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Carrickfergus

I wish I was in Carrickfergus
Where the castle looks out to sea
I would swim over the deepest ocean
For my love to be with me

But the sea is wide, and I cannot swim over
Nor have I the wings to fly

I wish I had a handsome boatman
To ferry me over, my love and I
I wish I was in the land of Eire
Where the mountains reach the sea
Where flowers blossom as I do remember
Where my true love came to me

But the sea is wide, and I cannot swim over
Nor have I the wings to fly

Ah, to be back now in Carrickfergus
To be together, my love and I
To be together, my love and I
I wish I was in Carrickfergus
To be together, my love and I

The History of Carrickfergus

The medieval town of Carrickfergus is around nine miles north of Belfast city on the Co Antrim coast road. A medium sized town with a population of approximately 33,000. There is a 18-hole golf coarse, a small patch of sandy beach (north of the town), harbour, and a marina stocked heavily with yachts and other small boats. The biggest attraction in the town is the Anglo Norman Castle situated a stone throw from the town's main shopping area and right beside the harbour. The castle is built on a basalt rock which protrudes about 300 yards out into the sea.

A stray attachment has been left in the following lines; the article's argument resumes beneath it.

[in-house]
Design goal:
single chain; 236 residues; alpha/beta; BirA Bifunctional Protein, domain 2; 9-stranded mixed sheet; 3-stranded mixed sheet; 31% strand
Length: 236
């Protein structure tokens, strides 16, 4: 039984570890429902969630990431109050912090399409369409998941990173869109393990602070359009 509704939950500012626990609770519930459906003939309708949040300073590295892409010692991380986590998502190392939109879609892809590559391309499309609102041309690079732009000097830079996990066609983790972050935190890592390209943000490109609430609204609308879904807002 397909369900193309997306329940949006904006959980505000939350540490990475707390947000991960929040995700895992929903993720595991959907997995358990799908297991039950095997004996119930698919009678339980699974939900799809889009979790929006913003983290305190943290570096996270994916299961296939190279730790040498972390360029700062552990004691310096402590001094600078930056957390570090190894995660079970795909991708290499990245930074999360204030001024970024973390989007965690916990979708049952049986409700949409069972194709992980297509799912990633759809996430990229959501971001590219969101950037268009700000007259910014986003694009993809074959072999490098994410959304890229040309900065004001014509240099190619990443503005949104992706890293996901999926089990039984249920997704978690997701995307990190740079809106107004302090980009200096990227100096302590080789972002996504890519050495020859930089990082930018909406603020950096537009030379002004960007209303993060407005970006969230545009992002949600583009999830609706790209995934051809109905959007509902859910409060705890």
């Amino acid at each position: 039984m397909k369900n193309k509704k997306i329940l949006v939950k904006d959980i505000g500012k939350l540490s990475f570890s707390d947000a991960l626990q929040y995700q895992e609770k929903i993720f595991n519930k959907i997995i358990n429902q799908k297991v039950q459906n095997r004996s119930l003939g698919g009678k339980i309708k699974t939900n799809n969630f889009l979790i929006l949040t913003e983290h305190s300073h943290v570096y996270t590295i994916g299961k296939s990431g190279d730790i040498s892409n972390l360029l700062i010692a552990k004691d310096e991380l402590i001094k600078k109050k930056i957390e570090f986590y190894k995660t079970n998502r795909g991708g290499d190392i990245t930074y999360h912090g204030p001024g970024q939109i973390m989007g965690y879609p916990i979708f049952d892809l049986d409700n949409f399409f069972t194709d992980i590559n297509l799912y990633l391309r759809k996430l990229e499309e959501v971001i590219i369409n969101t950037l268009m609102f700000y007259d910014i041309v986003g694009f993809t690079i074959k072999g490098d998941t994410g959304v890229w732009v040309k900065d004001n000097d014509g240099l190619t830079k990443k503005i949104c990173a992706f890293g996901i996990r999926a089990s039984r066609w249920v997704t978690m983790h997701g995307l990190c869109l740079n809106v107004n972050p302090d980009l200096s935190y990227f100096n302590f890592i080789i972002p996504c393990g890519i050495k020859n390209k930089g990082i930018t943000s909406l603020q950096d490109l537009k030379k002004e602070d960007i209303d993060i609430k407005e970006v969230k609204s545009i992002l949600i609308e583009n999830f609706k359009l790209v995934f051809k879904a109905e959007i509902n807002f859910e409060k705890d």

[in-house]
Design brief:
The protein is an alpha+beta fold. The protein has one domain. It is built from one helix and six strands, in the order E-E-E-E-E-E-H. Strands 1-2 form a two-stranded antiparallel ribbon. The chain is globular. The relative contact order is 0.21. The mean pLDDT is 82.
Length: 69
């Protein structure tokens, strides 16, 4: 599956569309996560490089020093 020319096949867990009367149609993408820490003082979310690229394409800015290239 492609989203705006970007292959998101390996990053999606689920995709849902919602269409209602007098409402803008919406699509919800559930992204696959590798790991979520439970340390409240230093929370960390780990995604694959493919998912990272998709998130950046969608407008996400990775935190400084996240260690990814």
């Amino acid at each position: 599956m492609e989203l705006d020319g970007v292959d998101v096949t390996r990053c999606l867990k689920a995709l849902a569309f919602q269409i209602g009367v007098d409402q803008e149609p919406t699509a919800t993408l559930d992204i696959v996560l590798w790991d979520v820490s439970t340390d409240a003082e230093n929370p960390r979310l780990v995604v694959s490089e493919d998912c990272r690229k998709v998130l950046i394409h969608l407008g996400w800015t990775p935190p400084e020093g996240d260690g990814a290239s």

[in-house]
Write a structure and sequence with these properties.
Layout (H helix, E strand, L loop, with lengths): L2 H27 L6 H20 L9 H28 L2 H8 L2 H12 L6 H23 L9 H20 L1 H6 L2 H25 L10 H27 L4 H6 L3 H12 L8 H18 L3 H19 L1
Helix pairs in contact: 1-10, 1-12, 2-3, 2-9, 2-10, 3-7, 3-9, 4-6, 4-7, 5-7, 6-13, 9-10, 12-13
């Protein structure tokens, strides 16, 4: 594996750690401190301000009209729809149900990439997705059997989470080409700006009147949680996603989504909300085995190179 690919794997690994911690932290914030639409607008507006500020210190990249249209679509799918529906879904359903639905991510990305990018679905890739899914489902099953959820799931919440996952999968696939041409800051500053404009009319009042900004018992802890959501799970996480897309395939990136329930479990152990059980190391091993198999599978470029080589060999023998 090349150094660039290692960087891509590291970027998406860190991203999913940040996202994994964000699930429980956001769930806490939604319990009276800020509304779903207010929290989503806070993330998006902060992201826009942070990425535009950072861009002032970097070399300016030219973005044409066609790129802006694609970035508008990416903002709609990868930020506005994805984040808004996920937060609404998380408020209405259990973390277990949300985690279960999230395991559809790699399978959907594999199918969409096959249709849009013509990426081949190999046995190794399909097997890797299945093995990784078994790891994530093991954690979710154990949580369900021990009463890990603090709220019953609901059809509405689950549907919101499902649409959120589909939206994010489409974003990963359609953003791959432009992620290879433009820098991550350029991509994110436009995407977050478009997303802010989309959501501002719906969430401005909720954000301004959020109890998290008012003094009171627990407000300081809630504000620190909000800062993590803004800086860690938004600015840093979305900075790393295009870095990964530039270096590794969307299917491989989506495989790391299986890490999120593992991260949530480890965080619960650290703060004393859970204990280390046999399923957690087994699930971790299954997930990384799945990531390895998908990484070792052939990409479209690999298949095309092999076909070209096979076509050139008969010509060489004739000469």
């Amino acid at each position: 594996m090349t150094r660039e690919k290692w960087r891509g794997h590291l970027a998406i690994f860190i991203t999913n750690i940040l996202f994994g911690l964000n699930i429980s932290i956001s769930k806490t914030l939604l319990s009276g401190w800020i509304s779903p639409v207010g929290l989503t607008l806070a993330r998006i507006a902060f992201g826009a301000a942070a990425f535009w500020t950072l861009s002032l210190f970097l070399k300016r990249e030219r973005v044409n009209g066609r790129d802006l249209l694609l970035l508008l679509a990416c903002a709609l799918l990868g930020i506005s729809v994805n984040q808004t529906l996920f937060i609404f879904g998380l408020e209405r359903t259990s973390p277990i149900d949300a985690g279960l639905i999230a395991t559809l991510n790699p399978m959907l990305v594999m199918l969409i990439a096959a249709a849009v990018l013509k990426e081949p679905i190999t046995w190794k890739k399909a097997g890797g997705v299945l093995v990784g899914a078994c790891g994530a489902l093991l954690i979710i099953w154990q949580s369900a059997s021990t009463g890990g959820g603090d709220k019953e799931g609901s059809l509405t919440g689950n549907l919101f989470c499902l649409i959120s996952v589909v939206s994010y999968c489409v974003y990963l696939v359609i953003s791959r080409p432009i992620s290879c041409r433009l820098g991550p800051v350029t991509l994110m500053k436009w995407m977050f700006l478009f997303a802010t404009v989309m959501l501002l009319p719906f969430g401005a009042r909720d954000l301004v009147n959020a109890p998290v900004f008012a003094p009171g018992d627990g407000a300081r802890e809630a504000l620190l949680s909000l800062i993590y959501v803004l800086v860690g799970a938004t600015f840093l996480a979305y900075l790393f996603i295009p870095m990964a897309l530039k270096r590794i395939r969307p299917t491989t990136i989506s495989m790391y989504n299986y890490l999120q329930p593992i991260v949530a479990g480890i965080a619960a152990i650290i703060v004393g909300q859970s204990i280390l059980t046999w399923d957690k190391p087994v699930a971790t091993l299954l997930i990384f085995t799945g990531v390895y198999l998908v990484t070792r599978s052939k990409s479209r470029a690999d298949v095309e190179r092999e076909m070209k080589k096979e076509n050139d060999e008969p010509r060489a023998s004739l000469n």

The town takes it's name from the basalt rock: "The rock of Fergus", off which Fergus, who founded the Royal House of Scotland, was drowned according to legend. John de Courcy or his kinsman (Hugh de lacy) built the castle. King John slept in the castle on his visit to Ireland in 1210. Edward Bruce took possession of it after a years siege but his victory was short lived. On the ancient quay under it's western wall, King William landed on his way to the battle of the Boyne, a traditional spot on where he first stepped on Irish soil is pointed out. A statue of him was erected in 1990 close to the front of the castle. The French captured the town in 1760 but later their forces were defeated off the Isle of Man, and 18 years later, Paul Jones, the American sailor commanding the "Ranger", defeated the English warship "Drake" in Belfast Lough.







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